Of all people out there, I’m a quite vocal opponent of spamming – that is, unsolicited emails usually advertising some product or other. I know this problem won’t go away anytime soon. Indeed, almost every day I spend 30 minutes to an hour cleaning out literally thousands of spam messages from dozens of inboxes, so obviously I don’t consider this fun.
Recently a small non-profit association I’ve helped out in the past contacted me with an interesting problem – they were unable to send messages to Cogeco users. A bit of research revealed that their SMTP server was on an IP address blocked by SORBS, a DNS blacklist service that a number of ISPs apparently use when determining what messages may or may not be spam.
Further research revealed that this non-profit was using a shared server from a US-based hosting service. The IP address in question supported at least a few dozen different sites owened by different people – standard shared hosting fare. Okay, nothing unusual, so I started looking into getting the IP address removed, since the non-profit was not a spammer and this was hampering their ability to contact members of their association.
Imagine my surprise when I discover this delisting process:
” The effected IPs (the ones used to send the spam) will only be delisted when US$50 is donated to a SORBS nominated charity or good cause. The charities and good causes SORBS approves will not have any connection with any member of the SORBS administrators either past or present. ”
Now, this immediately disturbed me, so I did a google search for the definition of ‘extortion’ and came up with this. “Extortion is a criminal offense, which occurs when a person obtains money, behaviour, or other goods and/or services from another by wrongfully threatening or inflicting harm to his person, reputation, or property. Euphemistically, refraining from doing harm is sometimes called “protection”.”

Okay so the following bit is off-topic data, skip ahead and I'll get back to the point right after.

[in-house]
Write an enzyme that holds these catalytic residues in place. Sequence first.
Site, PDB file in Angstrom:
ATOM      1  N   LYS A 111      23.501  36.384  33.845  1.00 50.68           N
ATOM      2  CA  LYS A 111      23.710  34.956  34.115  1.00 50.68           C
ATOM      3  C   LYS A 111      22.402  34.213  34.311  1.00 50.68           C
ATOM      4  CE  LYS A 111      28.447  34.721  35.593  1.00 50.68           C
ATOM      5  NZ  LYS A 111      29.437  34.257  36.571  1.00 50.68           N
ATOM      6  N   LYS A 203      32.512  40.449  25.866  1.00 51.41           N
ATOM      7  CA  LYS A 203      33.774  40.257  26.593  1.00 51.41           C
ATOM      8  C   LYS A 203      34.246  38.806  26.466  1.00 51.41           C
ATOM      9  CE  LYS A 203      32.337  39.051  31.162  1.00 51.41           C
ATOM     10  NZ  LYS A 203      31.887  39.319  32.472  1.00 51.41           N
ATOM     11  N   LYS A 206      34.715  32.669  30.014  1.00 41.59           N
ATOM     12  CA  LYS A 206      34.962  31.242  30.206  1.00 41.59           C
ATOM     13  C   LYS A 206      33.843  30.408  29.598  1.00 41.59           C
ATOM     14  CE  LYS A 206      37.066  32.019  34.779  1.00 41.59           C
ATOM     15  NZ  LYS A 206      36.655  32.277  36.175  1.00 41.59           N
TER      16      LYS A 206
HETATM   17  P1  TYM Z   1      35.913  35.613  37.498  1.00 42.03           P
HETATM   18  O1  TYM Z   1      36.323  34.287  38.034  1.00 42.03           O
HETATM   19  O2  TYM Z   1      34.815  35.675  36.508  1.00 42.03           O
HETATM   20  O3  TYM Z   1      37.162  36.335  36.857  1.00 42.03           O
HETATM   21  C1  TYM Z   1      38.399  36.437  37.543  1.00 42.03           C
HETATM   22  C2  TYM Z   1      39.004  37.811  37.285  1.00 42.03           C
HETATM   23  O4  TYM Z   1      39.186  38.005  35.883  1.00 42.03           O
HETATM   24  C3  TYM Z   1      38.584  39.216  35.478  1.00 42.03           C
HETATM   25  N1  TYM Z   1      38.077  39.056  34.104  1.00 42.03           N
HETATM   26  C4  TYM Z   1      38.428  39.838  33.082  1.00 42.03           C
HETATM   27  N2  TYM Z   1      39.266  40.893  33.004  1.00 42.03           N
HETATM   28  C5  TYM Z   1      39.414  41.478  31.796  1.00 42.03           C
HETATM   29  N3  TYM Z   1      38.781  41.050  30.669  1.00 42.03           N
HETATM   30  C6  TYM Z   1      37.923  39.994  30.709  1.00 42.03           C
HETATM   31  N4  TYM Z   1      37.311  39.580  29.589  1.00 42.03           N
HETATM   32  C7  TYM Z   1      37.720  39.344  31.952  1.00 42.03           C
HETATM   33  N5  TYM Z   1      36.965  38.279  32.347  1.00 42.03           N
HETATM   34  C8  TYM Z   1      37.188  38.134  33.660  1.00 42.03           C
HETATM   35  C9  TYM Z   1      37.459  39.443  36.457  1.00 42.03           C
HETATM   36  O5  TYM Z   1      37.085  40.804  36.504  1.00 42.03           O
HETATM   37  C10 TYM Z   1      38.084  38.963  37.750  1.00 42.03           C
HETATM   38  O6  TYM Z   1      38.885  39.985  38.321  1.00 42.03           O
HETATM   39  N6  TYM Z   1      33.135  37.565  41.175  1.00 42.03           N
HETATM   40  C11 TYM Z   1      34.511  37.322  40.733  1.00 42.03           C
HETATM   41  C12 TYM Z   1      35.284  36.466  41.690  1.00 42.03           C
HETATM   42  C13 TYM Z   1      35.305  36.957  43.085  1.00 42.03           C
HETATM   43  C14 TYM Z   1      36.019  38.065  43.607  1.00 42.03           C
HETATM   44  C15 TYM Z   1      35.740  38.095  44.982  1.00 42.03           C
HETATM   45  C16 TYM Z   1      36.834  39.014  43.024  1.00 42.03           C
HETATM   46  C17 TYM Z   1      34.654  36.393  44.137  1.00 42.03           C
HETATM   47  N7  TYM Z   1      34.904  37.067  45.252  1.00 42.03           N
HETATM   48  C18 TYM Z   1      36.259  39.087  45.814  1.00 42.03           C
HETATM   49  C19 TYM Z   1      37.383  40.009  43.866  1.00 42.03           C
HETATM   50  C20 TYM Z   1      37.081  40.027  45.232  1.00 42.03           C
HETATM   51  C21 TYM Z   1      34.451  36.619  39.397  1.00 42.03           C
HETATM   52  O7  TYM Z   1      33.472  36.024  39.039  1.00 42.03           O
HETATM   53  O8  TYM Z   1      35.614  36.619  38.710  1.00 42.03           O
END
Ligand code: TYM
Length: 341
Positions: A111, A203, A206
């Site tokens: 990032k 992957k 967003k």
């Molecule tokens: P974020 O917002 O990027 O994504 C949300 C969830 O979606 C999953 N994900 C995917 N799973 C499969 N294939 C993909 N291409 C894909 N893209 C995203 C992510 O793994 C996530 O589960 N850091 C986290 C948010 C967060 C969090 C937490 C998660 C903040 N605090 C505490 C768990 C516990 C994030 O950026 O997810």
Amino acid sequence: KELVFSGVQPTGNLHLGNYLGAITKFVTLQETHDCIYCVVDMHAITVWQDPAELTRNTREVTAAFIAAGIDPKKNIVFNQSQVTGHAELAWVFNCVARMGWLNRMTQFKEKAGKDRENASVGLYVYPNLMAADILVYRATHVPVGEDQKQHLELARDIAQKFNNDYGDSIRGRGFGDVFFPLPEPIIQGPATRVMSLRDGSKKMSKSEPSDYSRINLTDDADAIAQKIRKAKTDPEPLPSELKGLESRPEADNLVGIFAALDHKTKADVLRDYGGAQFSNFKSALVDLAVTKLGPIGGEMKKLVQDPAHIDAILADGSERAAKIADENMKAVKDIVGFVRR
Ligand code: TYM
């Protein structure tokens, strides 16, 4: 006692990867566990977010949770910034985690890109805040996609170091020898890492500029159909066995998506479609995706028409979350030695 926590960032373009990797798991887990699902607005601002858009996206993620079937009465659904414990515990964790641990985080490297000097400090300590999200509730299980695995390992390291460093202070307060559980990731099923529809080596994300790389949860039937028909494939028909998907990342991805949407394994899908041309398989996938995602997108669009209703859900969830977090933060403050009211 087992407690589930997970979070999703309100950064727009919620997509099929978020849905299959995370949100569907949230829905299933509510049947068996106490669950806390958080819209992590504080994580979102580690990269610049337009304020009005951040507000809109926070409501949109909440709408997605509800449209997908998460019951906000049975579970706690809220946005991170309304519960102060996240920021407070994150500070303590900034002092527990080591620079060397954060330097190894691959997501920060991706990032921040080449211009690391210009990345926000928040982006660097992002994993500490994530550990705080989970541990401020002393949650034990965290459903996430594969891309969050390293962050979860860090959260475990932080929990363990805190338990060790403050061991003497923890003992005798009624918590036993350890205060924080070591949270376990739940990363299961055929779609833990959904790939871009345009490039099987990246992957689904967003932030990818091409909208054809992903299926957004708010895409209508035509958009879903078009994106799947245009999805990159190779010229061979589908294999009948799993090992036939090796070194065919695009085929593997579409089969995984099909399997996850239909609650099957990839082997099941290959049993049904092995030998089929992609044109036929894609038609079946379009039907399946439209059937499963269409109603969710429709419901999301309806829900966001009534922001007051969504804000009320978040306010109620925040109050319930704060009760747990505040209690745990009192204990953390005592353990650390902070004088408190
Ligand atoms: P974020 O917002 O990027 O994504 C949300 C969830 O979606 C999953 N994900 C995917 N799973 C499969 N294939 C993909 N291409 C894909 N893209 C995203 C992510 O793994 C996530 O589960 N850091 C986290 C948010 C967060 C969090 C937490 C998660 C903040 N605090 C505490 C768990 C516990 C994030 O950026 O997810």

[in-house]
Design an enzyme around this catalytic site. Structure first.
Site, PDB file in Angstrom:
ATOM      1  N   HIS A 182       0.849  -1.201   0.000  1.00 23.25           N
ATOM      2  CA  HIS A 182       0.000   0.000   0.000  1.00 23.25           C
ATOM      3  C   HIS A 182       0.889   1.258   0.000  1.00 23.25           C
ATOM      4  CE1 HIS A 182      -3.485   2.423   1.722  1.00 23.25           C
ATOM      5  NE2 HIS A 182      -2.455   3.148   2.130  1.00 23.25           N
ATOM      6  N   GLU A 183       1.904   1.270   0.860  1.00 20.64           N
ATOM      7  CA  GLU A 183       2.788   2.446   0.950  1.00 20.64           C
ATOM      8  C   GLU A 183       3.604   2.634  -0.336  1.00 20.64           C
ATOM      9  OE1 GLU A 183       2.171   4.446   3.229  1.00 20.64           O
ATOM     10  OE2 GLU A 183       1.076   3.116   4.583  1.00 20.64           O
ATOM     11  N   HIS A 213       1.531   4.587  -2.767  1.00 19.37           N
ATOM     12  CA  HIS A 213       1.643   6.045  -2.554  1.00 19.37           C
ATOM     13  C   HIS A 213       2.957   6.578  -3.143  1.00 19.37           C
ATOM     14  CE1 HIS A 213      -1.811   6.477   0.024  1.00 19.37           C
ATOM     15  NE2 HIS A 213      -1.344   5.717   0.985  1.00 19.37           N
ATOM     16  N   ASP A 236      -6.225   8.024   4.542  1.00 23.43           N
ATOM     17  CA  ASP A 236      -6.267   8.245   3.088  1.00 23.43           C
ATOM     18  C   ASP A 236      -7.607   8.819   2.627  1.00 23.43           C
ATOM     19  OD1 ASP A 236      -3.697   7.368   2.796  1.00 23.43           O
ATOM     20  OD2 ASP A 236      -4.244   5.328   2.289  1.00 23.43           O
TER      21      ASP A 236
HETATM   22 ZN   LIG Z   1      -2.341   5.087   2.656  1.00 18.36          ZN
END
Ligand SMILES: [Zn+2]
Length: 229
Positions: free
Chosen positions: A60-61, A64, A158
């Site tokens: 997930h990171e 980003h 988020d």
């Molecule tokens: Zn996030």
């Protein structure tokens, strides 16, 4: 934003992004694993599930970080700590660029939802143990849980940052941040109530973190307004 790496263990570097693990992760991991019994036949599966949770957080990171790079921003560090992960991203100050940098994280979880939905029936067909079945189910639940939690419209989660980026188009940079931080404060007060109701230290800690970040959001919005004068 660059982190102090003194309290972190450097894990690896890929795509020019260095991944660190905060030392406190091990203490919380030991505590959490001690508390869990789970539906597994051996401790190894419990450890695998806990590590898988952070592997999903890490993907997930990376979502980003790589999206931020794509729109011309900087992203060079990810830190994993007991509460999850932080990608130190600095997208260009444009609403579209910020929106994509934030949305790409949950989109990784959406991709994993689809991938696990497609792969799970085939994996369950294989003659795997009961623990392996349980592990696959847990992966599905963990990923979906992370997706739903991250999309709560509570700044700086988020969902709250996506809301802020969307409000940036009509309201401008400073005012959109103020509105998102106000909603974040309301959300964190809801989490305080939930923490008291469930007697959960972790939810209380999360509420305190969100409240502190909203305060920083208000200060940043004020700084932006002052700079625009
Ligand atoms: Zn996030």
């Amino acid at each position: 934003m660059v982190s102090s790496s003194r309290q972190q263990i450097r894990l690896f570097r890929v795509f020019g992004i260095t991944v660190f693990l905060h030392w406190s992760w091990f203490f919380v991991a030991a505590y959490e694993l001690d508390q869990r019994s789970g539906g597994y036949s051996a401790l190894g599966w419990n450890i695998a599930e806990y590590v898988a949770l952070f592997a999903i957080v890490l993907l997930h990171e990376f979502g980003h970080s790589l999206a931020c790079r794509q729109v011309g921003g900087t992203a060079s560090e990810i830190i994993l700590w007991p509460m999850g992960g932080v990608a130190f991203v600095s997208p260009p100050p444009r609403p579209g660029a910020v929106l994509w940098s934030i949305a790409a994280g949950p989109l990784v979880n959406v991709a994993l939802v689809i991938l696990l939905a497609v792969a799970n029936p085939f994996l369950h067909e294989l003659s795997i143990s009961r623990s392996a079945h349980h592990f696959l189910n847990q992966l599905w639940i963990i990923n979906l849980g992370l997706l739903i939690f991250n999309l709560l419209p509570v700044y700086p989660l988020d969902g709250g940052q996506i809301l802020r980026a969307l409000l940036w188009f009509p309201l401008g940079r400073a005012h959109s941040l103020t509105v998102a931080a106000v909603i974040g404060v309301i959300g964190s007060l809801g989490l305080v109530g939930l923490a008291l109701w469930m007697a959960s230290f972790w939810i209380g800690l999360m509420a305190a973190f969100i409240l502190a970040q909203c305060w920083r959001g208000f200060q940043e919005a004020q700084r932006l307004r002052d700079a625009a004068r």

Now, some people online have argued that it isn’t exactly extortion because SORBS isn’t actually blocking your emails; rather, it’s the particular ISPs that decide to use SORBS as a guideline for mail-blocking.
This, to me, is bullshit. If extortion does include the reputation element, then SORBS is definitely damaging your reputation by implying you are a spammer, and then requiring you to pay money in order to remove the spot on your reputation. The fact that SORBS doesn’t get the money is irrelevant. This is a bit like the mob not trashing your business so long as you support a political party they approve of, or some other thing. What if for whatever reason you disagree with the SORBS-handpicked charities?
In addition, this particular blacklist service is totally unfair to small organizations and individuals who can’t afford dedicated servers of their own. Most teenagers, and probably a lot of adults, run websites totally out of a sense of community, and if they’re unable to use some of the resources of their website such as the SMTP server because of some asshole spammer using shared space, it’s hardly their fault. The same applies to the masses of computer-illiterates who get backdoored and zombified for the purposes of spam – sure, they’re hard on the community at large, but the problem isn’t the computer user, it’s the spammer. $50 may not be a lot of money to a big corporation but for a minimum-wage working person, that’s a quarter of a week’s wages.
To sorta sum up, I think SORBS took a good idea and a motive of protecting the community, and ran WAY too far with it. I’m sure the charities listed by SORBS are quite happy, but I doubt anyone else is. By basically extorting money in exchange for reputation, SORBS is revealing itself to be the selfish bully of the anti-spam battle, hurting anyone who happens to get in the way in its zeal to be seen as a leader in anti-spam technology and DNSBLs. To those fighting the spam battle on the ISP and hosting ends, I say fuck SORBS and use something a little more fair to the small guys caught in the crossfire.